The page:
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‘Huddled masses’

Abdoul Rahman sports his "Equally Human" sign Saturday at the rally.

ROSEMARIE BLUME and SARAH OLSEN | Evergreen reporter and news editor

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Moscow community members could hear the voices of the Palouse Proactive protesters for several blocks as they approached East City Park.

“We don’t want a ban, we don’t want a wall, we want liberty and justice for all,” the crowd chanted.

Palouse Proactive hosted the “Beyond the Ban: Stand with Immigrants” rally on Saturday, uniting community members from the greater Moscow-Pullman area.

“We will not stand quiet, we will not let them take our rights away,” said Shirin Shahsavand, an Iranian immigrant working at WSU.

Throughout the rally, volunteers came forward for those who were hesitant to voice their hardships due to the fear of arrest. They read off “impact statements,” beginning with, “I speak for him/her” and ending with, “I stand with him/her.”

“This rally is about turning anger and fear into love,” said Mary Hawkins, a member of Palouse Proactive who emceed the rally.

Many of the speakers referenced a famous quote on the plaque of the Statue of Liberty: “Give me your tired, your poor, your huddled masses yearning to breathe free.” Many protesters also held signs referencing this poem.

The Rev. Elizabeth Stevens of the Unitarian Universalist Church of the Palouse said this is an epic battle between the highest ideals on one side and fear and greed on the other side.

“We rise for justice, we rise for human rights, we rise for all,” Stevens said.

She said the Islamophobia she has seen around the world troubles her. Citing the recent Canadian mosque shooting, Stevens said the terrorist attacks that should be prevented are the acts being perpetrated against Muslims.

“This is not who we are as Americans,” Stevens said. “It is evil to turn our backs, and we are not evil.”

Imam Raed Alsawaier of the Moscow Islamic Center also spoke during the rally, telling attendees not to harden their hearts against others.

“I am heartened by this amazing presence and support that we get from the community, a majority of which is not Muslim,” Alswaier said.

Alswaier ended his speech with a quote from an 8th-century Muslim leader, who was answering the leader of a city who asked if he had permission to build a wall to protect the northern border.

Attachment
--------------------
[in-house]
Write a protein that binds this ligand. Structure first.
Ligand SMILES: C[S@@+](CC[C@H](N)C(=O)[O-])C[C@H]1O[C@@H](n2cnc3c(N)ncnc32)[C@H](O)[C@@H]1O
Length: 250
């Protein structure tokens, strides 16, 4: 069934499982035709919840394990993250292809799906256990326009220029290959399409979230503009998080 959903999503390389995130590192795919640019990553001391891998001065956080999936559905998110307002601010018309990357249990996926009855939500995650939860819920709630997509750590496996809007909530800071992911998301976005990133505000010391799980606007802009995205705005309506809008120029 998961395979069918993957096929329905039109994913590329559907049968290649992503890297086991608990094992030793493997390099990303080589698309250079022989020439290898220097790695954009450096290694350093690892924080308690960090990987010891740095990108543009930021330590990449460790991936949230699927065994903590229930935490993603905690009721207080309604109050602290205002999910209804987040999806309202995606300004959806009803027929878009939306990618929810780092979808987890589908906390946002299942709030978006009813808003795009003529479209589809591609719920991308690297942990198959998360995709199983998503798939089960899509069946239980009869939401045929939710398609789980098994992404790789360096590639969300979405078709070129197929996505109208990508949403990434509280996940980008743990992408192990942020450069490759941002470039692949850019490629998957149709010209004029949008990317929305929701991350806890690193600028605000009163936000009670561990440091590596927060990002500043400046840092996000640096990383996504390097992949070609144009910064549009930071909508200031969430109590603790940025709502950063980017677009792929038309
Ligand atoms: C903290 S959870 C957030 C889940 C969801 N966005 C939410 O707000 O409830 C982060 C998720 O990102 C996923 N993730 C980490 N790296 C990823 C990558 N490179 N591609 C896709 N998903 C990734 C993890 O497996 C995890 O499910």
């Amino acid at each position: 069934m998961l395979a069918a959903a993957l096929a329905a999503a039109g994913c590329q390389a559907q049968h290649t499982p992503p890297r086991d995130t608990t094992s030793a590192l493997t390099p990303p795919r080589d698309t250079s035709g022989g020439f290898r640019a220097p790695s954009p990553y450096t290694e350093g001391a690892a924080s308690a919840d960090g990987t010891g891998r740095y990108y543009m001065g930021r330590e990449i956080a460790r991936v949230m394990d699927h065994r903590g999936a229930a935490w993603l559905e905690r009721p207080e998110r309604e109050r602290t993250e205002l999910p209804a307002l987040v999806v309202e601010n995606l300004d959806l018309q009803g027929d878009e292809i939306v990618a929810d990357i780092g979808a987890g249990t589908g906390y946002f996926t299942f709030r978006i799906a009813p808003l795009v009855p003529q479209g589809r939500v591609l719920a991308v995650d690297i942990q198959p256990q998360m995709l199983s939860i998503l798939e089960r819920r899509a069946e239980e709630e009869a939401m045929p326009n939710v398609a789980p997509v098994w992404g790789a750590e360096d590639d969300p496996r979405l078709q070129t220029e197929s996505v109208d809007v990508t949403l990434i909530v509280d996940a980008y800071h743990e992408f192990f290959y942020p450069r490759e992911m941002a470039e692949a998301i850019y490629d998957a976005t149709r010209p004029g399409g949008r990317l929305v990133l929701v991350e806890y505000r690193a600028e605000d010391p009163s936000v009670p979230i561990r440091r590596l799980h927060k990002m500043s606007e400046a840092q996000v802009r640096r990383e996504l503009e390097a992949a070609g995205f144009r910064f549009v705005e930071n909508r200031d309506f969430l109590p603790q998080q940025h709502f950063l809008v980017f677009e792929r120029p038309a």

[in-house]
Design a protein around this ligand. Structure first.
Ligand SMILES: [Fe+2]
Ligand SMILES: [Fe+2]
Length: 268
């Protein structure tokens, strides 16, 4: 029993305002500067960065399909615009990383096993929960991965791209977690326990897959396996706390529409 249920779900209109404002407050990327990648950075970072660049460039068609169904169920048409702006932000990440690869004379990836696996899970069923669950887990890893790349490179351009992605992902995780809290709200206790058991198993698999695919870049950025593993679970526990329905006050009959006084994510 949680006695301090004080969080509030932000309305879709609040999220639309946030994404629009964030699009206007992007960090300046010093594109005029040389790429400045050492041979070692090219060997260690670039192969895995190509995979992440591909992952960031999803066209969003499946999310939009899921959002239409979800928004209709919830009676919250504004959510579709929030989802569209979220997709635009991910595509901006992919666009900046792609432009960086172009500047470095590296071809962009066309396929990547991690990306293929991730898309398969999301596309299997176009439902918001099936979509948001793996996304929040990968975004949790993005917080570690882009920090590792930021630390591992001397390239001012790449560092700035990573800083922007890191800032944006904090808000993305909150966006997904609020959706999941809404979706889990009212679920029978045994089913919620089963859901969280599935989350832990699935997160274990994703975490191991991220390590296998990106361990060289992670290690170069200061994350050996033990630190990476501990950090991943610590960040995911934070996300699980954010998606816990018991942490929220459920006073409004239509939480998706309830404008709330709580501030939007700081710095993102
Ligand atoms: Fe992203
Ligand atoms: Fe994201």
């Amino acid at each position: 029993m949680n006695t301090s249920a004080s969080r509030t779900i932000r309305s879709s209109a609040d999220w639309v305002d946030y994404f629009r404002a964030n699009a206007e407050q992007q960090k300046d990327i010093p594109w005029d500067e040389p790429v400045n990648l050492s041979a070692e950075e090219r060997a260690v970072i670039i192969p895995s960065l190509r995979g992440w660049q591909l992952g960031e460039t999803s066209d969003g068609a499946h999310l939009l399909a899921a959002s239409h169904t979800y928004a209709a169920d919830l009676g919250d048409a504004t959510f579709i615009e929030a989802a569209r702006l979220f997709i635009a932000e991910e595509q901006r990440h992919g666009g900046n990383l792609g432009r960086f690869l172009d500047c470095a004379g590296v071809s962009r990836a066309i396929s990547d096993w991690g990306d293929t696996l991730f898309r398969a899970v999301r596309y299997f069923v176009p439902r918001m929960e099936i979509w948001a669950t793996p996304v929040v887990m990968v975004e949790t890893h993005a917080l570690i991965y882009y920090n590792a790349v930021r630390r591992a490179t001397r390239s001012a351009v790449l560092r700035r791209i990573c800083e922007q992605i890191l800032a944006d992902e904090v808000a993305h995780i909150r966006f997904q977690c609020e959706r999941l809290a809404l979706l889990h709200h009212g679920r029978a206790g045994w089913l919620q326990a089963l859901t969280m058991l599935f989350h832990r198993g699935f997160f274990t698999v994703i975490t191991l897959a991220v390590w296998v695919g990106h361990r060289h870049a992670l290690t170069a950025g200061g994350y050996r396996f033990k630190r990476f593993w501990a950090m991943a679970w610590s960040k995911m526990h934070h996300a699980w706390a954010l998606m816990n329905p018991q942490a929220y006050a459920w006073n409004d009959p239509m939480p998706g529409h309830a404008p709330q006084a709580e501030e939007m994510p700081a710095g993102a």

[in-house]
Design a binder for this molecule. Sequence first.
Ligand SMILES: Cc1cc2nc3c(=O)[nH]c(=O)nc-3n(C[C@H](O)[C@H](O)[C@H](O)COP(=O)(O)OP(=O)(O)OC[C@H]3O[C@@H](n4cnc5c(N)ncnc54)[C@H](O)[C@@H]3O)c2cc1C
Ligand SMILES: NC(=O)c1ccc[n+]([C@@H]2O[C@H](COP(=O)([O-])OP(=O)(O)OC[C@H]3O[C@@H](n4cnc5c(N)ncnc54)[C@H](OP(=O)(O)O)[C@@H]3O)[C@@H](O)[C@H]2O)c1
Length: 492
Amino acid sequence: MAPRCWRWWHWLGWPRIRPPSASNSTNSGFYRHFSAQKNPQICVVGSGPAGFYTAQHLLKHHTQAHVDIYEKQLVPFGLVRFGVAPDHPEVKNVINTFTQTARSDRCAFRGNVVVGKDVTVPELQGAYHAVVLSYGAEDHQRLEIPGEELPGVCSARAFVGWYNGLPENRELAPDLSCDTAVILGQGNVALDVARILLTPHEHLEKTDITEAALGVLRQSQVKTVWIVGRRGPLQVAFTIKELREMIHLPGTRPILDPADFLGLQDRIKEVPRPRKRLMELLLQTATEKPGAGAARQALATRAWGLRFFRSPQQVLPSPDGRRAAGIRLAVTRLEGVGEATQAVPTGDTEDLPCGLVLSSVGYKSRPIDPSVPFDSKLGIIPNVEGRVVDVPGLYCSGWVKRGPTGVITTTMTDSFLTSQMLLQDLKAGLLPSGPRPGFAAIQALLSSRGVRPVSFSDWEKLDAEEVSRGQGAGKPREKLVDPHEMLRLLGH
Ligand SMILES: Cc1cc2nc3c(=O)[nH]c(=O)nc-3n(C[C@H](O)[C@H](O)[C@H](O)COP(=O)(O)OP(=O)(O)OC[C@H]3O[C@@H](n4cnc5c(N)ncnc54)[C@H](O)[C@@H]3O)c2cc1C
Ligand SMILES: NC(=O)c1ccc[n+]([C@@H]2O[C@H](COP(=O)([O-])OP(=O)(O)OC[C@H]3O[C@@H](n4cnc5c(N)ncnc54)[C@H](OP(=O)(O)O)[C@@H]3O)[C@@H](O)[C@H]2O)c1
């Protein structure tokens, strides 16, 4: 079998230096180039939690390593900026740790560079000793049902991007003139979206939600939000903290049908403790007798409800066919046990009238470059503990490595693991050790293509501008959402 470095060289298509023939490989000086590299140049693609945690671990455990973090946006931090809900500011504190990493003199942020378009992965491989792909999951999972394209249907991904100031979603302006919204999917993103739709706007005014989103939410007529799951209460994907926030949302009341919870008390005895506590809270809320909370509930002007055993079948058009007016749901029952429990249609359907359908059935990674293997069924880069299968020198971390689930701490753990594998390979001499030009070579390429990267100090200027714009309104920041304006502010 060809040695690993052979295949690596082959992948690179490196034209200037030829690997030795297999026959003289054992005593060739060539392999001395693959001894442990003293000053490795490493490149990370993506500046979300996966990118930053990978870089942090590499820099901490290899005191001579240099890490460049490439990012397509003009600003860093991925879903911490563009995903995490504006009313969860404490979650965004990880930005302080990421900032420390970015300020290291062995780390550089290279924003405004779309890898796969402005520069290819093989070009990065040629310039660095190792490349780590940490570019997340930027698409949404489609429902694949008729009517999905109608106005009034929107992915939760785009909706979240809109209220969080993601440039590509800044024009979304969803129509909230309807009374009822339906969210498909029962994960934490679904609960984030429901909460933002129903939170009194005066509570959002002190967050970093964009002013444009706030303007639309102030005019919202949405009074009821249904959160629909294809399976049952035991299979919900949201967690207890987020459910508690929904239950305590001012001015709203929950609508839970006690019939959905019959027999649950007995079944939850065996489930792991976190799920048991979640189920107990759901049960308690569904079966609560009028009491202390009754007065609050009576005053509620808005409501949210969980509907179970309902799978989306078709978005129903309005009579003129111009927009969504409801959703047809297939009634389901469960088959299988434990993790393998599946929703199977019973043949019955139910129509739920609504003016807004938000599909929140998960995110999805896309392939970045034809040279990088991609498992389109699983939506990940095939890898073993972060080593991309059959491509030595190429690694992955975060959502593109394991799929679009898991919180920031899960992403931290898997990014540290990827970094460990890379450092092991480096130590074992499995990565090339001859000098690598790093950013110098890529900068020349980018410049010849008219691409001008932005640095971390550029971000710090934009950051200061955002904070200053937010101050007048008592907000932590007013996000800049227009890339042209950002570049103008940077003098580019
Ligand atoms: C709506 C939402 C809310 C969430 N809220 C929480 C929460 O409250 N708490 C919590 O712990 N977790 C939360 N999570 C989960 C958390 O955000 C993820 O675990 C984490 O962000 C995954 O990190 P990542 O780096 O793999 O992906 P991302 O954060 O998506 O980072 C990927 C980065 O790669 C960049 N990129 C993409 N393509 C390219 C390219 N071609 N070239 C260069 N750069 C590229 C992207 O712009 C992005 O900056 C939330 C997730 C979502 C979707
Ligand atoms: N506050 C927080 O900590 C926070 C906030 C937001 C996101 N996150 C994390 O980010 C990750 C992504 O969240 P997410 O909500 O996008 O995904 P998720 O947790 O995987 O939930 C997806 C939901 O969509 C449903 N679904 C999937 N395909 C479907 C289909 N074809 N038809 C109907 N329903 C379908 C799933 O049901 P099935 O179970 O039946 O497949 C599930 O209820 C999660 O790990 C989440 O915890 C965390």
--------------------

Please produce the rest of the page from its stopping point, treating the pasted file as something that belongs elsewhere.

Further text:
“The Muslim leaders sent him a letter back and he said, ‘Protect your city with justice, clear the streets of your city from oppression and then you’ll achieve peace,’ ” he said.

Despite current events, he said he still believes the U.S. is a positive place.

“The true harm is against all the beautiful values that this country represents,” he said. “These beautiful values are what many nations aspire to achieve and many refugees in war-torn countries admire.”

Protesting and resisting is becoming the “new normal” under the Trump administration, Moscow Human Rights Commission Chair Ken Faunce said.

“It’s time to stand up and say enough,” Faunce said. “Only together can we bring light to the darkness.”

WSU employee Shahsavand said she was grateful to all present at the rally.

“Despite all the sadness and anger that the executive order created, this last week has restored my faith in humanity,” she said.

Shahsavand told attendees to look around them and see that they were surrounded by love. She said she wanted everyone to feel that “kindness and compassion still exist in this world.”

“We will not stand quiet,” Shahsavand said. “We will not let them take our rights away and we will emerge stronger than ever, just as we already have.”

The rally ended with attendees and spokespersons joining together in song. They sang “We Shall Overcome” to show their unity against Trump’s executive ban.

A counter protest also took place during the event, as about 10 members of the WSU College Republicans stood by one of the park’s exits.

College Republicans President James Allsup held a sign that read “Ask me about Cologne.” He said this was in reference to the mass sexual assault of more than 1,000 women during the 2015/2016 New Year’s Eve in Cologne, Germany. Many of the assaulters were refugees from the Middle East who had been taken in by Germany’s government, Allsup said.

According to a Der Spiegel article, in the incident Allsup talks about, there were 68 asylum seekers out of the total 153 suspects. One of the suspects was a U.S. citizen.

Allsup said the list of banned countries decided by the executive order needs to be “fine-tuned.”

“It’s a work in progress,” he said.

Allsup said he disagrees with Iran being put on the list but believes Pakistan should have been. He said the plan is to add more countries in the future.

“You don’t lock the door because you hate what’s on the outside,” Allsup said, “but because you love what’s on the inside.”

None of the other counter protesters wished to comment.

Editor’s Note: This article has been updated.

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‘Huddled masses’